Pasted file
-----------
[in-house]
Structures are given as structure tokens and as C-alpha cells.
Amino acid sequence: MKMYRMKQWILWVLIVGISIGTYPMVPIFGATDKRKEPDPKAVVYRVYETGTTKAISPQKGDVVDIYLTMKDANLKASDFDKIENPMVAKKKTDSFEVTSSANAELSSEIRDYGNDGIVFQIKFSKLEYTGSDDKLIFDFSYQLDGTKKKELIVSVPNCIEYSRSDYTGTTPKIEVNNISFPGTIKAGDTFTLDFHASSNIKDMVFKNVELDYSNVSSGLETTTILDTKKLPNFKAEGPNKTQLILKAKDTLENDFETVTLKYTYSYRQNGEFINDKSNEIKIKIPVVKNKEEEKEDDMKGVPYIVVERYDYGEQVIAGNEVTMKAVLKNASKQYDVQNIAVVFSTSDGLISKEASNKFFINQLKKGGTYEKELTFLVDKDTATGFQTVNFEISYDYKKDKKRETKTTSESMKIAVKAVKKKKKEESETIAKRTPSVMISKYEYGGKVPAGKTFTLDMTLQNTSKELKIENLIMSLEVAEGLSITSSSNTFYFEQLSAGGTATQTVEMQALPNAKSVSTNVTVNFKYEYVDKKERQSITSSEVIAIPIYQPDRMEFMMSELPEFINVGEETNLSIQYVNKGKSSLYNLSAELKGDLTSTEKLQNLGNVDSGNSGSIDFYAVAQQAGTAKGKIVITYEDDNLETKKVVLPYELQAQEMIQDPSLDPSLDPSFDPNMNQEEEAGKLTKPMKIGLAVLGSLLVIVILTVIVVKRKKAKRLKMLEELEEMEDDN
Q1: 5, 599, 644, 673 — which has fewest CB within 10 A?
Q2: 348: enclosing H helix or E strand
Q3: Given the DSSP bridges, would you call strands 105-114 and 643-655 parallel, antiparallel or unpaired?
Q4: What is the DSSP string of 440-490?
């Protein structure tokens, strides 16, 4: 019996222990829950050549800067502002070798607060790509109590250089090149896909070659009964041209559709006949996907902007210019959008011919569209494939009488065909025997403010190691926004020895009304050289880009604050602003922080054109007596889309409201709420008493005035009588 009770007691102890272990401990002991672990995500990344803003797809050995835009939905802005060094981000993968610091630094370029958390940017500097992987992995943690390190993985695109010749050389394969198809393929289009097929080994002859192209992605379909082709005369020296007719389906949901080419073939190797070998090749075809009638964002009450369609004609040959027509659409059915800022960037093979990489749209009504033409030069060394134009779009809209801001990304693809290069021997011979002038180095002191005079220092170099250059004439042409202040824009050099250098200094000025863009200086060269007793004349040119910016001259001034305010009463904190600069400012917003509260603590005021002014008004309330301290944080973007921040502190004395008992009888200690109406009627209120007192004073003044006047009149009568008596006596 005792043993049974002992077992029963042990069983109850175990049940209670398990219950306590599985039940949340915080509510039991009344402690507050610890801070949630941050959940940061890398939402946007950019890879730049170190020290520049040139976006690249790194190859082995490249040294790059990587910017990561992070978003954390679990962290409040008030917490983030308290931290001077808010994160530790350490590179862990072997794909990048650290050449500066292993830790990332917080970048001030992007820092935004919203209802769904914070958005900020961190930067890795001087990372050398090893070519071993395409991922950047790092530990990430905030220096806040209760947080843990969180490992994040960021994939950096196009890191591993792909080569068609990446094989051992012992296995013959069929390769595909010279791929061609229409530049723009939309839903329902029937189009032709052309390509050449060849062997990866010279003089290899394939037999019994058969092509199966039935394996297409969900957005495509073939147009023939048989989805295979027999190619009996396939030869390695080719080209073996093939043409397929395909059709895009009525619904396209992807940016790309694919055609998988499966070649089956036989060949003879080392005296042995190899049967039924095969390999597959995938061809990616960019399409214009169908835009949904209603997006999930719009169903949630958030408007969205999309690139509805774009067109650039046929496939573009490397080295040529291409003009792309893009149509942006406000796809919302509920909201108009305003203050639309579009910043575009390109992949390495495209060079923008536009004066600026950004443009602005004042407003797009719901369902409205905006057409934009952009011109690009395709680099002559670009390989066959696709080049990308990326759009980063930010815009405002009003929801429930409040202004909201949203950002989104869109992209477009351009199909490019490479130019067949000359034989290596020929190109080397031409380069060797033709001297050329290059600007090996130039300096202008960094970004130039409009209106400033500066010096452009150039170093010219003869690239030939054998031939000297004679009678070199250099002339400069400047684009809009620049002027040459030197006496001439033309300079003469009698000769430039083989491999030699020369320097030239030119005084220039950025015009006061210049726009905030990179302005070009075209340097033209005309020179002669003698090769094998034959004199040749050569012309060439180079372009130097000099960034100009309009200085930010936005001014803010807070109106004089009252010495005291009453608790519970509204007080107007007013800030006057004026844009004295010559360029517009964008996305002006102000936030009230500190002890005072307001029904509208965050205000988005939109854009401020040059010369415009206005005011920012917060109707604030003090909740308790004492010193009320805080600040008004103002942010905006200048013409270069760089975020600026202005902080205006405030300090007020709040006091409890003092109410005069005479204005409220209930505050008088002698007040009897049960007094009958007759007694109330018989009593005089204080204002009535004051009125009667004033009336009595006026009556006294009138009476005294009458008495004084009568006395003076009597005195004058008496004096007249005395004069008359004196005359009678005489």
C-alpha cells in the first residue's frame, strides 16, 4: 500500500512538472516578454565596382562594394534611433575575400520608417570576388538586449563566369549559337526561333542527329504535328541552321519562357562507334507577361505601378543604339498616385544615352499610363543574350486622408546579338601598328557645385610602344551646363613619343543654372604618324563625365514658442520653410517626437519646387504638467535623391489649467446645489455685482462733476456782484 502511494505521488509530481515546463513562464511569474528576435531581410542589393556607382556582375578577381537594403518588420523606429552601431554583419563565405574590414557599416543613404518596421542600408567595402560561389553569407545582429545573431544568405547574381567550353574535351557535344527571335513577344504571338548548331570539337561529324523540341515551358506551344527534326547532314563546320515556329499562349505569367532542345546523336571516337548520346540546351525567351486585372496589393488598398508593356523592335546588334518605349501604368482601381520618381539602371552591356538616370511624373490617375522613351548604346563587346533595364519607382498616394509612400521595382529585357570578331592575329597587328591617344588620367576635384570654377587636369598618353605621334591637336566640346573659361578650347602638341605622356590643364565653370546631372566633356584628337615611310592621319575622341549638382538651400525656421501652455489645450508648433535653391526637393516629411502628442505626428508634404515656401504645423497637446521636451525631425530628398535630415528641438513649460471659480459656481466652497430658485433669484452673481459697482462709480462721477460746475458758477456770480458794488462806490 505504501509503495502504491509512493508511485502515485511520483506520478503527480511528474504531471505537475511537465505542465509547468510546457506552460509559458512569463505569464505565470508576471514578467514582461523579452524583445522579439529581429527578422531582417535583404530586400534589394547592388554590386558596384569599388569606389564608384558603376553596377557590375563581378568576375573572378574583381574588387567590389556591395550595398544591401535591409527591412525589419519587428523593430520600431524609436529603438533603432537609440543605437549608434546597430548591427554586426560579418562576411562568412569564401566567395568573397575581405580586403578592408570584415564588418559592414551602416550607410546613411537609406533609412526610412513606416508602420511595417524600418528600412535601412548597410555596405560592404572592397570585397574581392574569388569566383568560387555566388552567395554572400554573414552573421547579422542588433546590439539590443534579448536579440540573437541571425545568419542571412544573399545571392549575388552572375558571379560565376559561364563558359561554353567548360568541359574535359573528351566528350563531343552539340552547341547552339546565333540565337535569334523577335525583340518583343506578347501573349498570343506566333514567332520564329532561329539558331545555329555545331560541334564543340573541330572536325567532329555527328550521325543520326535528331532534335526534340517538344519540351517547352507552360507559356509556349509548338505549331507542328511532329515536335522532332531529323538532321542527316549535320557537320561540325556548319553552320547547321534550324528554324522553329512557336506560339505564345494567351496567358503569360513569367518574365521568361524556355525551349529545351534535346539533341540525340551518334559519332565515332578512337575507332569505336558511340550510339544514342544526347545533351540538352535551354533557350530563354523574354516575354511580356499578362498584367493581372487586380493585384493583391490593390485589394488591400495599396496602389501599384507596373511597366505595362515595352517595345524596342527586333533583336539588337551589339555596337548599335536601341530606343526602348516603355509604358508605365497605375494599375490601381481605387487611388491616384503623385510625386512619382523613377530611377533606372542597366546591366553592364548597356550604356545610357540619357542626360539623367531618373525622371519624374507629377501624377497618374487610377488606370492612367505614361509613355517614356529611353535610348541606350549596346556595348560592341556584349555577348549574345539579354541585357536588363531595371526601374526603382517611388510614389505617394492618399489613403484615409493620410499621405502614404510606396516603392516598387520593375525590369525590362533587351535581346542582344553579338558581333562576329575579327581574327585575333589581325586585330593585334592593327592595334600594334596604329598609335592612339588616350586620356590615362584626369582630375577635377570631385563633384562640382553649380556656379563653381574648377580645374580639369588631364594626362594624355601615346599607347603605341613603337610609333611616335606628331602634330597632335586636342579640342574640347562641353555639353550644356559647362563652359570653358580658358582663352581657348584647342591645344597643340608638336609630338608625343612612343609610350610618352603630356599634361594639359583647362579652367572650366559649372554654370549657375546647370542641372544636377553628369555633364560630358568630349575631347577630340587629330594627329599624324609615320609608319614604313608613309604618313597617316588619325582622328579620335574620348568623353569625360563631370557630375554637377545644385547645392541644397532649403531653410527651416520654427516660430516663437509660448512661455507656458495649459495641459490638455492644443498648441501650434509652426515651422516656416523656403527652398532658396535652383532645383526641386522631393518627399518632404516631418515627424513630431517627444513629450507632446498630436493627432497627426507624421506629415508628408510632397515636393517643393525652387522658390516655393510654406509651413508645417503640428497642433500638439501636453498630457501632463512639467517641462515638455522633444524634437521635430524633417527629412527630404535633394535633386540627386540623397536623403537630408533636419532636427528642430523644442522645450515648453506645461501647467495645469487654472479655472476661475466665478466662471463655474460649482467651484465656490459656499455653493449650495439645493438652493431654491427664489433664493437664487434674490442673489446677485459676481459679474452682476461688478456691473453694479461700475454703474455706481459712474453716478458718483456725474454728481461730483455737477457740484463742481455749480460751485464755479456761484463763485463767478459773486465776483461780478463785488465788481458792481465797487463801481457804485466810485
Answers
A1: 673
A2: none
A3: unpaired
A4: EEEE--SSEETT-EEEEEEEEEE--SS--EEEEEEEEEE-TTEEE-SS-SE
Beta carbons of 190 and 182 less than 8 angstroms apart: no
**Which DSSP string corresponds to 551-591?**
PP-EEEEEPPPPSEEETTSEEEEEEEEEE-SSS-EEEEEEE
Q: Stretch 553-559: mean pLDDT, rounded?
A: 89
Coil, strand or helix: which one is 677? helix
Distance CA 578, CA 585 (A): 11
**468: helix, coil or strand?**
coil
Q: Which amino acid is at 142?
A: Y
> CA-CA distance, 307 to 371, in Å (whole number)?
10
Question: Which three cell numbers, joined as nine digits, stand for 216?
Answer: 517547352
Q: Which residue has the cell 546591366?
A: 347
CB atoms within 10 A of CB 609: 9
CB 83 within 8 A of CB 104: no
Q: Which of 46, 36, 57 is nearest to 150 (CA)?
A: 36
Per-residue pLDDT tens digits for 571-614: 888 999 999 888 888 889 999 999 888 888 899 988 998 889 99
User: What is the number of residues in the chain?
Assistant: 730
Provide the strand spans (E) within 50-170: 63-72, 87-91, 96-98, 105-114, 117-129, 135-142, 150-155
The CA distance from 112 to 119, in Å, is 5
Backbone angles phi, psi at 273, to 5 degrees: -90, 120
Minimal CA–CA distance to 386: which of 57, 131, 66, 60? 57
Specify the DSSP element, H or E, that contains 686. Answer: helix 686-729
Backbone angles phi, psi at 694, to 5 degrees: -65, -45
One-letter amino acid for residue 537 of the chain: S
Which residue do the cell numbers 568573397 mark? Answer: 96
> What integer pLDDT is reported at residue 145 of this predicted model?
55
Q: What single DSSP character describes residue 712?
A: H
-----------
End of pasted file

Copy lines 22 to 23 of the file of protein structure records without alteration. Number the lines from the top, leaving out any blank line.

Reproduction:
**468: helix, coil or strand?**
coil